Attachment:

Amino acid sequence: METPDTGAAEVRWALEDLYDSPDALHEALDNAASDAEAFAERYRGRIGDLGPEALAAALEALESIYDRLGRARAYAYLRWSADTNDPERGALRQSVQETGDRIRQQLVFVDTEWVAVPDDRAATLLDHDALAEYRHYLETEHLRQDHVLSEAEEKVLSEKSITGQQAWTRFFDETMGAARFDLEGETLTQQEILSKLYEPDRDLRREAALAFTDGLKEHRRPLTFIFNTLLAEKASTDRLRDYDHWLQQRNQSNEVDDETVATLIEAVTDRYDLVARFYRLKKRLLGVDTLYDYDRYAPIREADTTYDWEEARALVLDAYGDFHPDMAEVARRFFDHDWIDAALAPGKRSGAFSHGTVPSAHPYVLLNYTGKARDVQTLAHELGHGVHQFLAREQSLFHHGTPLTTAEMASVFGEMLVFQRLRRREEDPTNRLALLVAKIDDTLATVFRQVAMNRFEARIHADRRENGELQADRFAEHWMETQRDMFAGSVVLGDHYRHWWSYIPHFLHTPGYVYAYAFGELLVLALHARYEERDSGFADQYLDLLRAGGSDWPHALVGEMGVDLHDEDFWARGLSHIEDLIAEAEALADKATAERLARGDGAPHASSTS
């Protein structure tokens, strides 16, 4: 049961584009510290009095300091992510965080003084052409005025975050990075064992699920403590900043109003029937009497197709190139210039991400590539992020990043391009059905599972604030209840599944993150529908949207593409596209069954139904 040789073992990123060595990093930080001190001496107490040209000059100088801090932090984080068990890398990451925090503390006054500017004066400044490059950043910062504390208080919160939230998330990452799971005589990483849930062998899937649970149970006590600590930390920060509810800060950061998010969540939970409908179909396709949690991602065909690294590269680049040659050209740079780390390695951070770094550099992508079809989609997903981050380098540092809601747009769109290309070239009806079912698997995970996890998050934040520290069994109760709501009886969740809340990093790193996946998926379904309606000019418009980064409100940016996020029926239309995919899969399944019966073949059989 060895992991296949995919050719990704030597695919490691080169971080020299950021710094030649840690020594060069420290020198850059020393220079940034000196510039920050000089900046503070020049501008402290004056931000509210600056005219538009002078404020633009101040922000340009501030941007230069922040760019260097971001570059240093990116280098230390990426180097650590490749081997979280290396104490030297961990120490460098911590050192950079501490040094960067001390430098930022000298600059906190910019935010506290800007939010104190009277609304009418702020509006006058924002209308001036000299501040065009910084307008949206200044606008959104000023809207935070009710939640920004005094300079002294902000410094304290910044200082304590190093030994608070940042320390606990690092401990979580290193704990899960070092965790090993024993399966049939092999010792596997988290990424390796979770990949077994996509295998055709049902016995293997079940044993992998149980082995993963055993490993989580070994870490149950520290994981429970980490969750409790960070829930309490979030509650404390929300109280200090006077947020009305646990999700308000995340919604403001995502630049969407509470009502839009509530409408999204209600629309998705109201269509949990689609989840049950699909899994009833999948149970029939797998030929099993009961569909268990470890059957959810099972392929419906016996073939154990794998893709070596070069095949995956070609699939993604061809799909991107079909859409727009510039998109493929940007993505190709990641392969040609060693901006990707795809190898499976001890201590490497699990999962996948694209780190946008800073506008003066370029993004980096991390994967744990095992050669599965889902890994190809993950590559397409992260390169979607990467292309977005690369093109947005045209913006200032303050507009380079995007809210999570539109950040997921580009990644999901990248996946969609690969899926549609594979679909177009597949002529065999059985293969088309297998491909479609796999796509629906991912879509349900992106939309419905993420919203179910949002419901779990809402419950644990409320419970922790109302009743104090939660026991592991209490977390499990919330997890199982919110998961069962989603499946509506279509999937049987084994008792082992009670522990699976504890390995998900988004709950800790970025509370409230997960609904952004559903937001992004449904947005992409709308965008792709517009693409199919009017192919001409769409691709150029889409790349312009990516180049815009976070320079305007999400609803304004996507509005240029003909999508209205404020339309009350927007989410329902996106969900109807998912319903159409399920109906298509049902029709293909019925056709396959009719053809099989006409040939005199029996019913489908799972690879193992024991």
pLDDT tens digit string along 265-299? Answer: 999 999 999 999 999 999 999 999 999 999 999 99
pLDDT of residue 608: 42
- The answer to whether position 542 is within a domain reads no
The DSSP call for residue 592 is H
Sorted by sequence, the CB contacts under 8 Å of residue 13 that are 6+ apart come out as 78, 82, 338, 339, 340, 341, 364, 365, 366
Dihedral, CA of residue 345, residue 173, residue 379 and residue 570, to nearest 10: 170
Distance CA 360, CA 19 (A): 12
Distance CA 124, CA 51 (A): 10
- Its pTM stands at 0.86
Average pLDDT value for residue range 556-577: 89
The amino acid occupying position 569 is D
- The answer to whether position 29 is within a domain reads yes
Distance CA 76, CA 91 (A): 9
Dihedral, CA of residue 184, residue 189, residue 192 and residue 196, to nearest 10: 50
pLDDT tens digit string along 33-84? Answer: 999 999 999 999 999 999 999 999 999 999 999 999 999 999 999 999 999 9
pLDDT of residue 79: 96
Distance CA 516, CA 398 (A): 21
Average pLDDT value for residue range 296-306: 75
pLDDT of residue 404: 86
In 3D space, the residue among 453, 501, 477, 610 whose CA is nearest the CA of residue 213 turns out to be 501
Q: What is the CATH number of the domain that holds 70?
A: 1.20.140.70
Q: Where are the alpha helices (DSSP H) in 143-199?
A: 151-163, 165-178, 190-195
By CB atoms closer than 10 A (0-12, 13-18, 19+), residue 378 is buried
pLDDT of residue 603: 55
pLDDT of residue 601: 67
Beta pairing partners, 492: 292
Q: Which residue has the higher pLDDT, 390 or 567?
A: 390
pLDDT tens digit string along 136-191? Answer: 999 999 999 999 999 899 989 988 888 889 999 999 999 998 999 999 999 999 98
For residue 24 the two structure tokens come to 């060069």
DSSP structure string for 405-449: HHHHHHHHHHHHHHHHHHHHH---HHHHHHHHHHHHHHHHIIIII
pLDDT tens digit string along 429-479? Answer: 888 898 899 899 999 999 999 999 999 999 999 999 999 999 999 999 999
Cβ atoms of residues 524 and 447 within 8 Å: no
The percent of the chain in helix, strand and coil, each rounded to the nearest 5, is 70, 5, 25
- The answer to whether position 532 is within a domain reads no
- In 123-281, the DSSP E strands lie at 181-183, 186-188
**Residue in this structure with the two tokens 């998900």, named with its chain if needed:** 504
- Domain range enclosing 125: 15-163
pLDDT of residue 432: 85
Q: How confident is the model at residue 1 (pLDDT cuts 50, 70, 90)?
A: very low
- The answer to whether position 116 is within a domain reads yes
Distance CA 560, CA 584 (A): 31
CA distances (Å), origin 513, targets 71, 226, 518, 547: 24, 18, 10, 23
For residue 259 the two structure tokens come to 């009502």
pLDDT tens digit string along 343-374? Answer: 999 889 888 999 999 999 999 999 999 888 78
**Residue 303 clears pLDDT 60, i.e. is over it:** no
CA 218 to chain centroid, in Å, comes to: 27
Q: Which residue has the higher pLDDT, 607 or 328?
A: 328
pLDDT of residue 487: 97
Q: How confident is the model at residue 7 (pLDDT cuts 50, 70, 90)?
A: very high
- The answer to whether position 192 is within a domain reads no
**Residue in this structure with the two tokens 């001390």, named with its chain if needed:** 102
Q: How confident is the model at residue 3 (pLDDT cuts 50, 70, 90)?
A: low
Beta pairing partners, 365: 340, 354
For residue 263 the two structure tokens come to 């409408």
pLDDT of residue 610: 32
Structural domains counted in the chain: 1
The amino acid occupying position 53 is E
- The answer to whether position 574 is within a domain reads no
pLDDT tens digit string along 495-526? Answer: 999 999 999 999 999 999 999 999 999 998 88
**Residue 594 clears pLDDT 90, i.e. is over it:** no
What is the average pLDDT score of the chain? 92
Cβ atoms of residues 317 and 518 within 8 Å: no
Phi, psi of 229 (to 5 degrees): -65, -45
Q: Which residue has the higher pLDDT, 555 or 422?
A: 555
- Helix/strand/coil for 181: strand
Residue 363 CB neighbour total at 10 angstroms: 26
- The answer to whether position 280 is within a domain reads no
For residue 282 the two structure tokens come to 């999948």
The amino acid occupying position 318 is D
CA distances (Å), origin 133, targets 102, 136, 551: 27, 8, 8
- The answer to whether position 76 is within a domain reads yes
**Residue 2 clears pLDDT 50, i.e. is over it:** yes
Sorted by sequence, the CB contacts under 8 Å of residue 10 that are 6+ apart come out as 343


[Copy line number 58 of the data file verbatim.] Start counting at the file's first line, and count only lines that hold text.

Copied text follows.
- The answer to whether position 192 is within a domain reads no